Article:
Forget productivity — embrace effectiveness

David Andrew Wiebe
4 min readJul 21, 2018

Productivity is much simpler than it may appear, though a lot of people seem to make a fuss about it. Today, it has essentially become synonymous with squeezing as much as you can out of yourself until you burn out.

Getting lots done is easy to do if you’re willing to get up early, stay up late and shut out distractions. Trust me, you’ll get plenty done.

But if you keep doing that for long enough, your productivity will suffer. You’ll be too tired to think straight, and if you’re engaged in creative work, you’ll end up working at a much slower pace than normal because of exhaustion.

And, if you keep going in the face of that, you’ll probably end up getting sick and you’ll need to spend time recovering from the damage you’ve done to your body.

Bye, bye, productivity.

It’s much smarter to do your work sustainably and consistently. If you take this approach, you might not outwork them, but you will outlive them.

It used to be that productive people ruled the world. I’m not so sure that’s the case anymore.

Show me someone who’s highly productive and I will show you a good employee. Show me someone who’s highly effective and I will show you a good entrepreneur.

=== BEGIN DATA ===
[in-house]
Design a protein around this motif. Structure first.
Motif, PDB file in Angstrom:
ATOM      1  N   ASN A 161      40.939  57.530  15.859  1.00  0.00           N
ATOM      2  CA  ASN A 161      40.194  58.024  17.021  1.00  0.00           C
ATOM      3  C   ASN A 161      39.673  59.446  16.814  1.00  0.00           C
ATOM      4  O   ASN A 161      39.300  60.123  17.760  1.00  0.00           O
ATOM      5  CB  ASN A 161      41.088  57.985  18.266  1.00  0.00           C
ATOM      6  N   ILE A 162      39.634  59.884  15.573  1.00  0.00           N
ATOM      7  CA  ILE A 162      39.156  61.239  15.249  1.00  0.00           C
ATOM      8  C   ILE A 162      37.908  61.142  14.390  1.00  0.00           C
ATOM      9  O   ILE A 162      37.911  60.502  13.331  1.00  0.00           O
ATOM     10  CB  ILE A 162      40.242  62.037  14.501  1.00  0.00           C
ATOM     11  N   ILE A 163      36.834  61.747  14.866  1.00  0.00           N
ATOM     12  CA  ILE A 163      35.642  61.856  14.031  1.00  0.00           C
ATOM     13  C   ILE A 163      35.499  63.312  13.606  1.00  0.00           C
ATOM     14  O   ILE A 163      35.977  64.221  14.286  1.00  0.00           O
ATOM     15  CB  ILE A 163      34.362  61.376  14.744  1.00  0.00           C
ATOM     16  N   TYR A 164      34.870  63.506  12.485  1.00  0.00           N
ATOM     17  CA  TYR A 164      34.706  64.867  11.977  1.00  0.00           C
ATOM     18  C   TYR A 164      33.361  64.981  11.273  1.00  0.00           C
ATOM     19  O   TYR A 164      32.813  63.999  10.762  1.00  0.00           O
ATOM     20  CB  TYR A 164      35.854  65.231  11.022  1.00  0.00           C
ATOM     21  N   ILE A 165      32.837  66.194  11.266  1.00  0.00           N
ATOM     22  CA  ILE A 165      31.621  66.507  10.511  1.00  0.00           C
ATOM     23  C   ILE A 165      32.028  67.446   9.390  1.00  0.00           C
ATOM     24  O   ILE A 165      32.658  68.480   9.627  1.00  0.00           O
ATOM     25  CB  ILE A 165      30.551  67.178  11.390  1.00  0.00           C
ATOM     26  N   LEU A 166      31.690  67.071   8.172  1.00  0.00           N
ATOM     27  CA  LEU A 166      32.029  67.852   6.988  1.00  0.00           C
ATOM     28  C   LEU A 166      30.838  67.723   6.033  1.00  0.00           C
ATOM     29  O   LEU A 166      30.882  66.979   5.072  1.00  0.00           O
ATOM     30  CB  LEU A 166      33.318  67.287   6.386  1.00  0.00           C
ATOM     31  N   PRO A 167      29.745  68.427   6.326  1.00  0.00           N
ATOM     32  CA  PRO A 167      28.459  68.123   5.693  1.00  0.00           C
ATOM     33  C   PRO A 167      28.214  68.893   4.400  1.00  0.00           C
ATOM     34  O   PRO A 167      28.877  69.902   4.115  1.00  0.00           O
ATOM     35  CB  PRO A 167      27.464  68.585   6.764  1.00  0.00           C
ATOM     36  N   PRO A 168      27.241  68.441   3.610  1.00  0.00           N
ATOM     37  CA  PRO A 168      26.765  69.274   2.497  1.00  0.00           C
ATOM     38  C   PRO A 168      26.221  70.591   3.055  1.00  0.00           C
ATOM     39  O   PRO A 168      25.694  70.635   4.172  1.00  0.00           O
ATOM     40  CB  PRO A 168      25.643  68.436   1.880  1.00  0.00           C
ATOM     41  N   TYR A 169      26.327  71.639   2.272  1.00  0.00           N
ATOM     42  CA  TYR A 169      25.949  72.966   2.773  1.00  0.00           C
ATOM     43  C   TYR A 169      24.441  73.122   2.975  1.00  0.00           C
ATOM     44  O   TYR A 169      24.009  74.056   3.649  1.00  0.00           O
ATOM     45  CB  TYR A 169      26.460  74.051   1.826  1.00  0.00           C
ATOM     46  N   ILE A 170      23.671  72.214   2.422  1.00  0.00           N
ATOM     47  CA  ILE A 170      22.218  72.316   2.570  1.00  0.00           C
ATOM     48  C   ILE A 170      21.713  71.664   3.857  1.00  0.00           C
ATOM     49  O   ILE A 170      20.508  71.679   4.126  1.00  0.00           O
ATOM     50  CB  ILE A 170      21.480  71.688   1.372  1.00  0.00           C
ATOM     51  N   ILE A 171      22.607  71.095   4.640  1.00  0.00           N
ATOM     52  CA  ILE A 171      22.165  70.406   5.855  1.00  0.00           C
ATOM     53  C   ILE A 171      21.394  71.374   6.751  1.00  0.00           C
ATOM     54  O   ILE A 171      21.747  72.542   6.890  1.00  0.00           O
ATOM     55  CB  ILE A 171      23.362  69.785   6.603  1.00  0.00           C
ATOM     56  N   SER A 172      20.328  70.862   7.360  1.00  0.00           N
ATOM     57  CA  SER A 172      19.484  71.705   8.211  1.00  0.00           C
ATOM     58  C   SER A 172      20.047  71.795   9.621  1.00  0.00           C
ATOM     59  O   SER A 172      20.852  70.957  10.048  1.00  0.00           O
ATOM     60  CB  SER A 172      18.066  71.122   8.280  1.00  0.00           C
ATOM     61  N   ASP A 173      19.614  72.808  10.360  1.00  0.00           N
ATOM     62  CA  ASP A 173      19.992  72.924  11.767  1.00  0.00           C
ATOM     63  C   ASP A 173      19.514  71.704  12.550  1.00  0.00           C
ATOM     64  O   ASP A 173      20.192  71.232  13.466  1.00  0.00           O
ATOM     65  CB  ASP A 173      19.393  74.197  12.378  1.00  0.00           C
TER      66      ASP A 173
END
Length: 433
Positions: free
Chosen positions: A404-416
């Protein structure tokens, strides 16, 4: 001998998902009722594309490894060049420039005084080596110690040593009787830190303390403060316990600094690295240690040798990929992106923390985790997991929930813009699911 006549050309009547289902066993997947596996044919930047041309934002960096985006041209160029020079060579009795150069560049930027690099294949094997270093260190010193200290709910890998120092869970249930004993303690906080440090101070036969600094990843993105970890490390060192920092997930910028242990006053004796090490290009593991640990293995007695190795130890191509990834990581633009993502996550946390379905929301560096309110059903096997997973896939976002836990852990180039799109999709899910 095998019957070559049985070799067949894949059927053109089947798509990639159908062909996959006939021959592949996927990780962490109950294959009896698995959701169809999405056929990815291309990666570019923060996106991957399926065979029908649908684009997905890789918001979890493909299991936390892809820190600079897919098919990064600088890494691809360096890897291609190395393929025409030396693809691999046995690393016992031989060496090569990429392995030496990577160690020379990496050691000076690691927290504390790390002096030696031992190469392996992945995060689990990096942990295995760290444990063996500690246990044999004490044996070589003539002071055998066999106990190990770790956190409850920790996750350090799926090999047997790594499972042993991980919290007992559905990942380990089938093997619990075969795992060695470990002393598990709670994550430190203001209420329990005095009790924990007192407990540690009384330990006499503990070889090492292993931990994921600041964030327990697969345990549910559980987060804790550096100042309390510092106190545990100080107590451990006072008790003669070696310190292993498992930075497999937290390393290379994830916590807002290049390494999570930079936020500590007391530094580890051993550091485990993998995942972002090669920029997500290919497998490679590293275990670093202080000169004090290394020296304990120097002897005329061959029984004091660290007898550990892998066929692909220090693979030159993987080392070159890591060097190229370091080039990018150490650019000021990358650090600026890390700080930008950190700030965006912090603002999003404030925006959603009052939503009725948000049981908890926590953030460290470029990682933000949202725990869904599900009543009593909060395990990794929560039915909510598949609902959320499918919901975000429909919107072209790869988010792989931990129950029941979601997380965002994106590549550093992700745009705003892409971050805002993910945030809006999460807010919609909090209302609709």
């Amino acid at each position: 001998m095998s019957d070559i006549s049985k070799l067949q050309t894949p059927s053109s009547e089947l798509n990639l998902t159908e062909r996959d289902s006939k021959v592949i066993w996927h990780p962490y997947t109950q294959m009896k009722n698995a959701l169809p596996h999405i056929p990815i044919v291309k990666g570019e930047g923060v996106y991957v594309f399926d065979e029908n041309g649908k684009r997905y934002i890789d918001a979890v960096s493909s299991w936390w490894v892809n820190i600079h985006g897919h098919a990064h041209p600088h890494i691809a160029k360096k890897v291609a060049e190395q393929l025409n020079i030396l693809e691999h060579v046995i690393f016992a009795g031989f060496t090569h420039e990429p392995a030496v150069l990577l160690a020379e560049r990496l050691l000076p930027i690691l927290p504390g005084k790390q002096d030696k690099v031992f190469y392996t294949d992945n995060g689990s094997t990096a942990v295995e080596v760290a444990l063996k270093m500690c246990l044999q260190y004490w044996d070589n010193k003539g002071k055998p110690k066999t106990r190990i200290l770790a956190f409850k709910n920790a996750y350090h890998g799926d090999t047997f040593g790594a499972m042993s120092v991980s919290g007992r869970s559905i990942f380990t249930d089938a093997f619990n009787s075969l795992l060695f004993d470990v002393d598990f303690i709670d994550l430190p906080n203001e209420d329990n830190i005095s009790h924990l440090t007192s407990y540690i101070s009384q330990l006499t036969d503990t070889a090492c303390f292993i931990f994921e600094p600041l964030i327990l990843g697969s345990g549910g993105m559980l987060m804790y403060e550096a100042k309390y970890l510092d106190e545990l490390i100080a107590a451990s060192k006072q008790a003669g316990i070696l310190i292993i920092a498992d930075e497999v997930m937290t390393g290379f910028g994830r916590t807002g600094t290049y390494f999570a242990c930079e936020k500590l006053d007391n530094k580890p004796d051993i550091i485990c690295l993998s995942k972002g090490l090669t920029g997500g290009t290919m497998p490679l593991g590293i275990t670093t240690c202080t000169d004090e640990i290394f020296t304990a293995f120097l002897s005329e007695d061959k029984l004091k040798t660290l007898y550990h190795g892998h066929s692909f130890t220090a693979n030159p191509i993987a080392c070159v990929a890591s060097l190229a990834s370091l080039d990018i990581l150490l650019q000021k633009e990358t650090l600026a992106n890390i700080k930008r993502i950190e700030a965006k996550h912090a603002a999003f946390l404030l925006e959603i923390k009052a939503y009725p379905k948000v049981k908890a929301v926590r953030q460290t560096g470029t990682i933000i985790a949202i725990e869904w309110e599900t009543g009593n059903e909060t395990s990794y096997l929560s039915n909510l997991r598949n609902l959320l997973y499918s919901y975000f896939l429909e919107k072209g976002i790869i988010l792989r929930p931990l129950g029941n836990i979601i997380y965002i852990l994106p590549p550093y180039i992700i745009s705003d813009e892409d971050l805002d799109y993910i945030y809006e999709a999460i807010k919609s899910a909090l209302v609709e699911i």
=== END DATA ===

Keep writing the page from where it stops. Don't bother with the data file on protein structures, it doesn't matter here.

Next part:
What’s the difference?

Productivity often doesn’t account for priorities. If every task is treated as equal, inevitably we end up putting off some of the most important work we need to do.

How do you know what work is most important? It usually falls under the category of “not urgent but important” work.

A business is a system that generates money. So, if you’re trying to figure out whether to create content to build an audience or create a product to generate sales, I would argue the higher priority would be creating the product.

Now, I understand that both approaches work. You can build an audience first and sell to them later or you can sell first and build an audience later. Neither approach can be discounted entirely.

But it would suck to build an audience only to find they won’t buy from you. It would suck to be holding onto an idea for years and when you finally launch it, no one shows…

David Andrew Wiebe

Award-winning composer, best-selling author, podcaster, musician coach. See what I’m up to now: